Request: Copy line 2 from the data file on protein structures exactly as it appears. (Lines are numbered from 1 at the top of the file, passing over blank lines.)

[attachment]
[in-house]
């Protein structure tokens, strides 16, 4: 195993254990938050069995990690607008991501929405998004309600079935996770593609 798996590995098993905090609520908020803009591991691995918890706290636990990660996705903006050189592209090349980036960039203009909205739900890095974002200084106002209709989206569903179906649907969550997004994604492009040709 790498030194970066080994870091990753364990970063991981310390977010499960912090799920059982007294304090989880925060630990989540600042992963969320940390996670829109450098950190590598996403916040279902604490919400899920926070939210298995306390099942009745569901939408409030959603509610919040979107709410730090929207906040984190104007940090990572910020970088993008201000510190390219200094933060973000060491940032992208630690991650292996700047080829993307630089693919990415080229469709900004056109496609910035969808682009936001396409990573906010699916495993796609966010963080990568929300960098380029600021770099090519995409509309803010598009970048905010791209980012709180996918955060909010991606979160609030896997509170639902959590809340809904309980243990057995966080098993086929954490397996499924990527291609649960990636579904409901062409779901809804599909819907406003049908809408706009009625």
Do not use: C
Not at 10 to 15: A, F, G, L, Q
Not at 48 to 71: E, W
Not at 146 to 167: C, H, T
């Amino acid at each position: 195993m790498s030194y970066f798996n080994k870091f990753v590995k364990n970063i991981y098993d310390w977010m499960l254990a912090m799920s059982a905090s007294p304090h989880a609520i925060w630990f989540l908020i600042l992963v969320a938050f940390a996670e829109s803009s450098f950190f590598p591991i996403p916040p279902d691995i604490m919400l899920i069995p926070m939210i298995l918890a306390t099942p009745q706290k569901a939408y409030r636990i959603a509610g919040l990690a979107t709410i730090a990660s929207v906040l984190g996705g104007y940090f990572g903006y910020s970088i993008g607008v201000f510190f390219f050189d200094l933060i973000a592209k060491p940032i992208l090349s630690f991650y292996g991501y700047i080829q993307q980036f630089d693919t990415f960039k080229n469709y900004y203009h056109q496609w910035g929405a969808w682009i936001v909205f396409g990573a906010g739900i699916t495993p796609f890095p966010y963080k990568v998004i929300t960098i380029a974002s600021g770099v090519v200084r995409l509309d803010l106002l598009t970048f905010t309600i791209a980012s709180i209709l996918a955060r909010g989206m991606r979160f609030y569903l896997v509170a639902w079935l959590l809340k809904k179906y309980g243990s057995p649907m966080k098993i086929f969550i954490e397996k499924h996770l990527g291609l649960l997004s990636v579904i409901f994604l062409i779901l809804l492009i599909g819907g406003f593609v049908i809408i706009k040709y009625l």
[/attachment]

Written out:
């Protein structure tokens, strides 16, 4: 195993254990938050069995990690607008991501929405998004309600079935996770593609 798996590995098993905090609520908020803009591991691995918890706290636990990660996705903006050189592209090349980036960039203009909205739900890095974002200084106002209709989206569903179906649907969550997004994604492009040709 790498030194970066080994870091990753364990970063991981310390977010499960912090799920059982007294304090989880925060630990989540600042992963969320940390996670829109450098950190590598996403916040279902604490919400899920926070939210298995306390099942009745569901939408409030959603509610919040979107709410730090929207906040984190104007940090990572910020970088993008201000510190390219200094933060973000060491940032992208630690991650292996700047080829993307630089693919990415080229469709900004056109496609910035969808682009936001396409990573906010699916495993796609966010963080990568929300960098380029600021770099090519995409509309803010598009970048905010791209980012709180996918955060909010991606979160609030896997509170639902959590809340809904309980243990057995966080098993086929954490397996499924990527291609649960990636579904409901062409779901809804599909819907406003049908809408706009009625």